New scheme to protect farmers if hikers injured on their land
Published 17/07/2016 | 02:30
Farmers and landowners will be protected in the event of walkers and tourists falling or getting injured on the country's most popular walks and trails.
The Government is moving to urgently introduce a new national indemnity scheme after a high profile court case saw farmers consider shutting their gates to hillwalkers.
Two pilots of a protective scheme are currently in operation on popular walks in different locations. Successful running of the programme will lead to a new national indemnity scheme being rolled out before the end of the year, officials at the Department of Rural Affairs have told hillwalking associations.
It means the State will take up the worry of allowing walkers to access trails through farmers' lands in upland areas such as the McGillycuddy Reeks, Croagh Patrick and the Wicklow Way.
It follows a landmark court decision in favour of a walker who fell in the Wicklow Way.
Farmers warned the judgement could result in them preventing hillwalkers from accessing their lands in some of Ireland's most scenic areas.
They had also previously called for indemnity to lie solely with hillwalkers amid concerns that they would be made liable in the case of serious injury.
Costs of running such a case were of huge concern to the Irish Farmers' Association.
The Sunday Independent understands a plan has already been agreed and drawn up by officials in the new Department of Rural Affairs.
It was previously worked on by the Department of Environment before this year's general election. However, it has not yet been outlined how the plan would be introduced.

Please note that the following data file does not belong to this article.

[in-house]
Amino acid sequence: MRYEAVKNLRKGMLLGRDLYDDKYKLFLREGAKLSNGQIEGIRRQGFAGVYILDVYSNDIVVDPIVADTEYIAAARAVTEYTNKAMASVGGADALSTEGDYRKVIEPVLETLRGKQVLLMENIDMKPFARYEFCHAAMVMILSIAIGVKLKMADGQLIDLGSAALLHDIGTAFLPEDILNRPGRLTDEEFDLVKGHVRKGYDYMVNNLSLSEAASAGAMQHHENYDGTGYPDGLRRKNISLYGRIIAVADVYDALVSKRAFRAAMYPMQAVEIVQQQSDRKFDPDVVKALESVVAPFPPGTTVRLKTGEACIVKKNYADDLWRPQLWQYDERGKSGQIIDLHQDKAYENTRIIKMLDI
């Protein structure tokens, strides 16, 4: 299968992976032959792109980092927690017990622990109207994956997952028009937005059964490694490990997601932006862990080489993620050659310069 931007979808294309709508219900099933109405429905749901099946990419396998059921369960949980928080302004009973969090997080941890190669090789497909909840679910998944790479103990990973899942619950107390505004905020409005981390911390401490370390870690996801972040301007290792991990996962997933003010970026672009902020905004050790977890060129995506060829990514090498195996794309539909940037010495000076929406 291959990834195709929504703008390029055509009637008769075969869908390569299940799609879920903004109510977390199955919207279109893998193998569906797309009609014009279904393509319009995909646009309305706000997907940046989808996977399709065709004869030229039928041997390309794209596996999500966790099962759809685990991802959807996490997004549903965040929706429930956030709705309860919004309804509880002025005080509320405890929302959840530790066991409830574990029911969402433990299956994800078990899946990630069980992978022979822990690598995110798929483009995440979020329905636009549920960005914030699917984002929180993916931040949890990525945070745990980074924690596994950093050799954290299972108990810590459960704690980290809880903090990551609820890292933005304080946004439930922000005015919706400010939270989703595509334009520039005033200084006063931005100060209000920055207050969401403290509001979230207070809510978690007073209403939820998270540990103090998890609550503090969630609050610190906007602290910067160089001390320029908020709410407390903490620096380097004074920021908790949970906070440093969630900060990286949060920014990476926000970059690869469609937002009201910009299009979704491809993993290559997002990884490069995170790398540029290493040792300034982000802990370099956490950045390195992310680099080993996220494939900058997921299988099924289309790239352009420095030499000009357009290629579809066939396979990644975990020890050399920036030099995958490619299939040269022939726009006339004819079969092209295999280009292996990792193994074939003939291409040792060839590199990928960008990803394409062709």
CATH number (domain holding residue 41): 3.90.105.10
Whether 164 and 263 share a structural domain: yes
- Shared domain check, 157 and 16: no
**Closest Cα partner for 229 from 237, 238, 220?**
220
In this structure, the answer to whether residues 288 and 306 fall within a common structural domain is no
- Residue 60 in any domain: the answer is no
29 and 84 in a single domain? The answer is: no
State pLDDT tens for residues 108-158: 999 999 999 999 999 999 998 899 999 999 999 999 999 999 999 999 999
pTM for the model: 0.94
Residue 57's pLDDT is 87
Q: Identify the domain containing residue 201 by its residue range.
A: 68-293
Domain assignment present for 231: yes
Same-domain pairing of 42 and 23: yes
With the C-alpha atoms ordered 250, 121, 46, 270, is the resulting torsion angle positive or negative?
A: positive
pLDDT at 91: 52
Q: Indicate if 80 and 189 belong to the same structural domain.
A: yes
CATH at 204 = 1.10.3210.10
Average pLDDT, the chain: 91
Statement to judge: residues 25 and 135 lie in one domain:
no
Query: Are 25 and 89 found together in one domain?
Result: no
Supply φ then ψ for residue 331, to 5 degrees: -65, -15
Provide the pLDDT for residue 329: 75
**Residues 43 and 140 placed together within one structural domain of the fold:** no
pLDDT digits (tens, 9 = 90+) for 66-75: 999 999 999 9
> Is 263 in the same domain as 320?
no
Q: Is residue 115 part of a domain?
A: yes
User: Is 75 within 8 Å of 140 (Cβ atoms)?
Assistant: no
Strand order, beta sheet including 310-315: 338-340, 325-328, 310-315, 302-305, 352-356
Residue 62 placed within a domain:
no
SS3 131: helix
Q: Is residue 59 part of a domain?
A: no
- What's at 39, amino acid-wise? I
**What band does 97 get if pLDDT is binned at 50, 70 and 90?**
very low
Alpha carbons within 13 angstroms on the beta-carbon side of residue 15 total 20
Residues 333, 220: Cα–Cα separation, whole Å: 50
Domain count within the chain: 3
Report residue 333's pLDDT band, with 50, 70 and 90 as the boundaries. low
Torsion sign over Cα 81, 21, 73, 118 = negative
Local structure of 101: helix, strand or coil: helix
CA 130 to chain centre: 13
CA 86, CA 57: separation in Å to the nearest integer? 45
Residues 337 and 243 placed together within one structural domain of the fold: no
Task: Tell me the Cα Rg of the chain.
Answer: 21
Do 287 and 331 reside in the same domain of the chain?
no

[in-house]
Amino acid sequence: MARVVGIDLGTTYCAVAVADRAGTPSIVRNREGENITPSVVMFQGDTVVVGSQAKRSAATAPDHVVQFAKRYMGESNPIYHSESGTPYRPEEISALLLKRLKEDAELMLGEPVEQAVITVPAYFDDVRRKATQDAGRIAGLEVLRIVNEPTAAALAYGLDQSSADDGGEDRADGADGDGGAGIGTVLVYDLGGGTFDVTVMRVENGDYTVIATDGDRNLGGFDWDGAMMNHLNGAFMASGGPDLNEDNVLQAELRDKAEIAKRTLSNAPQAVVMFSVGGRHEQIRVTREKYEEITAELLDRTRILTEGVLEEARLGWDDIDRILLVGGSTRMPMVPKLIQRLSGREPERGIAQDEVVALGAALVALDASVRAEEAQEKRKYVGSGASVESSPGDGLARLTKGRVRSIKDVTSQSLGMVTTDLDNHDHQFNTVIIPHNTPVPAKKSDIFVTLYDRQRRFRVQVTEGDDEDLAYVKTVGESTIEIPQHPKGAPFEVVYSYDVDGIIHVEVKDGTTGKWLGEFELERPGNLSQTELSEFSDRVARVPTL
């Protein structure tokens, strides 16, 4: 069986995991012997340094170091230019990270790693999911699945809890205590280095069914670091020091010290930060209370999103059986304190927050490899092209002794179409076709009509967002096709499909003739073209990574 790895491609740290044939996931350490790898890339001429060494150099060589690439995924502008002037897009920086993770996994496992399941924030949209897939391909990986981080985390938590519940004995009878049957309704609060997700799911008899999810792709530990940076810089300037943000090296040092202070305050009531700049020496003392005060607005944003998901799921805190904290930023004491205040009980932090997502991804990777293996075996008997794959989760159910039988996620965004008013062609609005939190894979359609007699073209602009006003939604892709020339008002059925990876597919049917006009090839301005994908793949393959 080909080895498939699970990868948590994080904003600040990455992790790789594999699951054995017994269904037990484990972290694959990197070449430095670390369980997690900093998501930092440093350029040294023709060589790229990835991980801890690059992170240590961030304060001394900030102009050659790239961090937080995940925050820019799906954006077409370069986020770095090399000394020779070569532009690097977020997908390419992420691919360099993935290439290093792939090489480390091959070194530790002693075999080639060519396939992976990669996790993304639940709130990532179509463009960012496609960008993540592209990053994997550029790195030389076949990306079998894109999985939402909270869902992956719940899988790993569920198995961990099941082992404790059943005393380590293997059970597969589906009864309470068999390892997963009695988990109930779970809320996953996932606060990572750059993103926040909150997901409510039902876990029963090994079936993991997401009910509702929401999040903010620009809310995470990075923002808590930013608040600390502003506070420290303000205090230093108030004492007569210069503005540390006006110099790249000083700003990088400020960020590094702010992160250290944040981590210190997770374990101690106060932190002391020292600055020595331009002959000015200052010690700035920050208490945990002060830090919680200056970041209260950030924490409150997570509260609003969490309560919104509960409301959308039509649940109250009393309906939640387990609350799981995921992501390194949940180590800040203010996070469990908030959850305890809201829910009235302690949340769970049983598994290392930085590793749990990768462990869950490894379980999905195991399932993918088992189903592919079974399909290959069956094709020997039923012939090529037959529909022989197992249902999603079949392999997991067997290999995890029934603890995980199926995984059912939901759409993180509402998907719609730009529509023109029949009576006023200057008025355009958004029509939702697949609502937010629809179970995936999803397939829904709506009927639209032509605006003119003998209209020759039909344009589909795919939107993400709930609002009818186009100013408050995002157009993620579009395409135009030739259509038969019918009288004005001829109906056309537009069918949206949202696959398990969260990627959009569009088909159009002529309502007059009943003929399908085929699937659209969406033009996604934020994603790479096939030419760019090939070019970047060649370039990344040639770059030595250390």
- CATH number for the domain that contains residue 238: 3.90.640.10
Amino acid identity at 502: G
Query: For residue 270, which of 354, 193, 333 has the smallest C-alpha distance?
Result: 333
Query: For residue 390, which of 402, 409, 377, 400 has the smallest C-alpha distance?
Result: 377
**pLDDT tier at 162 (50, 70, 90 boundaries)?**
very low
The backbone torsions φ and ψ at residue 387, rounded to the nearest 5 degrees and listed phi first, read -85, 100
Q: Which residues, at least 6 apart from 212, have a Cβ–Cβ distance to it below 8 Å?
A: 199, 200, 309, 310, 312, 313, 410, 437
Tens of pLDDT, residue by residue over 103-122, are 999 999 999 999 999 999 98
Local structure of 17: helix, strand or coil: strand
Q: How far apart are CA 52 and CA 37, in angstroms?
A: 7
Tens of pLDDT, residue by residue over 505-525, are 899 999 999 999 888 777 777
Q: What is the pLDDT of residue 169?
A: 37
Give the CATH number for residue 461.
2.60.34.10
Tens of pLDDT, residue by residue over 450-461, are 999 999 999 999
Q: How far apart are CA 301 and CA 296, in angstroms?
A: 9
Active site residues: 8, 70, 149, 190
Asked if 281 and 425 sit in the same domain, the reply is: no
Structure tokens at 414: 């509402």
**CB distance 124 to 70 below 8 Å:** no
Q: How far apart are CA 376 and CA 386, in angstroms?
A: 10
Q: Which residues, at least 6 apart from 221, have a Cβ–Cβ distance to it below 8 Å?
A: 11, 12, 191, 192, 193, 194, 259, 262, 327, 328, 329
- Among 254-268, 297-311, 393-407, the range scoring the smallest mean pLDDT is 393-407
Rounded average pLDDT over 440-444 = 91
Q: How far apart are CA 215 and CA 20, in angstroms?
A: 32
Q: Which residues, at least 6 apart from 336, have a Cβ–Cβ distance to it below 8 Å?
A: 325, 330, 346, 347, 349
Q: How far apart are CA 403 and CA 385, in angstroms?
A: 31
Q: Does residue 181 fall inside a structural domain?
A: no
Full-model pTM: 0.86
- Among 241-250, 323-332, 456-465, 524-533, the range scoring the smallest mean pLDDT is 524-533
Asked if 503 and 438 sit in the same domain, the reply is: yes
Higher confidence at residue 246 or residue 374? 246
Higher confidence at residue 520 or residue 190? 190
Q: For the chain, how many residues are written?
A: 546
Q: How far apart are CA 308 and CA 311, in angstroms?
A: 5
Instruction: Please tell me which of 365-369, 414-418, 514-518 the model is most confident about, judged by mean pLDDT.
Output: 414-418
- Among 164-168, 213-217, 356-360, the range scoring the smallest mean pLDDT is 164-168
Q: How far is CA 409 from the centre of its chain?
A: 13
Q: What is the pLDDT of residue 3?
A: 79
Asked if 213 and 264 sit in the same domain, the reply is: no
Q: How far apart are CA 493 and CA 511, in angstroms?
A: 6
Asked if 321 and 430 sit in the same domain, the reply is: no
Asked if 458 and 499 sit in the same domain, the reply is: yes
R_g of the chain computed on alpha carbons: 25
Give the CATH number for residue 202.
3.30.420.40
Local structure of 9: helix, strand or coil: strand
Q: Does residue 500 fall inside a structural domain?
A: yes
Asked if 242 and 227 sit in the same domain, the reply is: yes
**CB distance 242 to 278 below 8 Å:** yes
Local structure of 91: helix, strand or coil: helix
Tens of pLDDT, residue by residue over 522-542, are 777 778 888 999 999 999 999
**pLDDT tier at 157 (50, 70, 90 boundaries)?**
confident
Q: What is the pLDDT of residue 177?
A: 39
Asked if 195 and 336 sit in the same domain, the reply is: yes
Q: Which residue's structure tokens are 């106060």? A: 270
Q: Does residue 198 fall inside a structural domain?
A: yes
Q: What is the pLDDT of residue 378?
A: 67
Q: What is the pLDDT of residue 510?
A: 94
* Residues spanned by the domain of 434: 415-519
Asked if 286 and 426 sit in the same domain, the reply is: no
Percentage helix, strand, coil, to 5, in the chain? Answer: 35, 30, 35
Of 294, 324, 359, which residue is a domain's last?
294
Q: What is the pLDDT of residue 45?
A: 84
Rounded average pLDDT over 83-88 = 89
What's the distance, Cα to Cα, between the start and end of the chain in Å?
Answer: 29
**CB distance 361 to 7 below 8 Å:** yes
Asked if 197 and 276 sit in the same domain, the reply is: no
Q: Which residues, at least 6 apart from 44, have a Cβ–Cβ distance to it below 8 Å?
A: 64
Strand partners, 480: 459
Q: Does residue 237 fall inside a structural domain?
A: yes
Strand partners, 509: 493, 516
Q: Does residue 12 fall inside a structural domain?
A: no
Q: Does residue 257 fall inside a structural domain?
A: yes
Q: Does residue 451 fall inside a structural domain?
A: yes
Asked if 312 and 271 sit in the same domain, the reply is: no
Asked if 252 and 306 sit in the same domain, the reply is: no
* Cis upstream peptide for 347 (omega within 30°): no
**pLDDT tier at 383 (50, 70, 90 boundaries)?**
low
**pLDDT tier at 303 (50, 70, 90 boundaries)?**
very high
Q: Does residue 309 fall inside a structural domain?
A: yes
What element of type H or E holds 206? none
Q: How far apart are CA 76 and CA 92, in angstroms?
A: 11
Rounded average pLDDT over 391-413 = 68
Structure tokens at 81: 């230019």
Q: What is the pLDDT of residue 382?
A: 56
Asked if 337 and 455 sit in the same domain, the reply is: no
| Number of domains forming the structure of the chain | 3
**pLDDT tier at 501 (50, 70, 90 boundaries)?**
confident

This means the practicalities of how payments would be made by the State have yet to be drawn up and the Government is still mulling this over with the State Claims Agency.
It is expected that the newly proposed national indemnity scheme will be implemented by the end of 2016
Talks have been ongoing between the department and major stakeholders on mountains for more than five years as concerns grew that farmers could be subjected to massive pay-outs to injured walkers.
Mountaineer Frank Nugent was one of the first Irishmen to reach the summit of Mount Everest. He is now chairman of the Irish Uplands Forum and said a roll-out of a national indemnity programme was important to protect landowners in areas such as the Wicklow Way or the Twelve Bens in Connemara.
"Most of those areas, the land there is private so a scheme like this would take all of the worry away from the farmer," said Mr Nugent.
"The Occupiers' Liability Act makes it very clear that landowners should not be responsible for people coming on to walk.
"We would absolutely welcome the implementation of the scheme because we have been proactive in trying to get a scheme introduced.
"We have always realised the value of the Occupiers' Liability Act but the problem with the act is that it doesn't prevent someone from suing the farmer. That means they need legal representation and straight away that costs money."
An experienced climber was awarded €40,000 last April in a "game-changing" ruling after a fall on a wooden boardwalk. Hillwalker Teresa Wall's claim for damages against the National Parks and Wildlife Service, which is responsible for designated walking routes and paths around the country, came after a fall on a rotten boardwalk. She suffered a gash on her right knee that required seven stitches.
The judge said it was clear from photographs produced in evidence that the boardwalk had been made up of second-hand wooden railway sleepers that were badly rotted. Staples were protruding from the sleepers and chicken wire was loosely hanging over the boardwalk. She added that reasonable care had not been taken to maintain the boardwalk and make sure it was in a safe condition.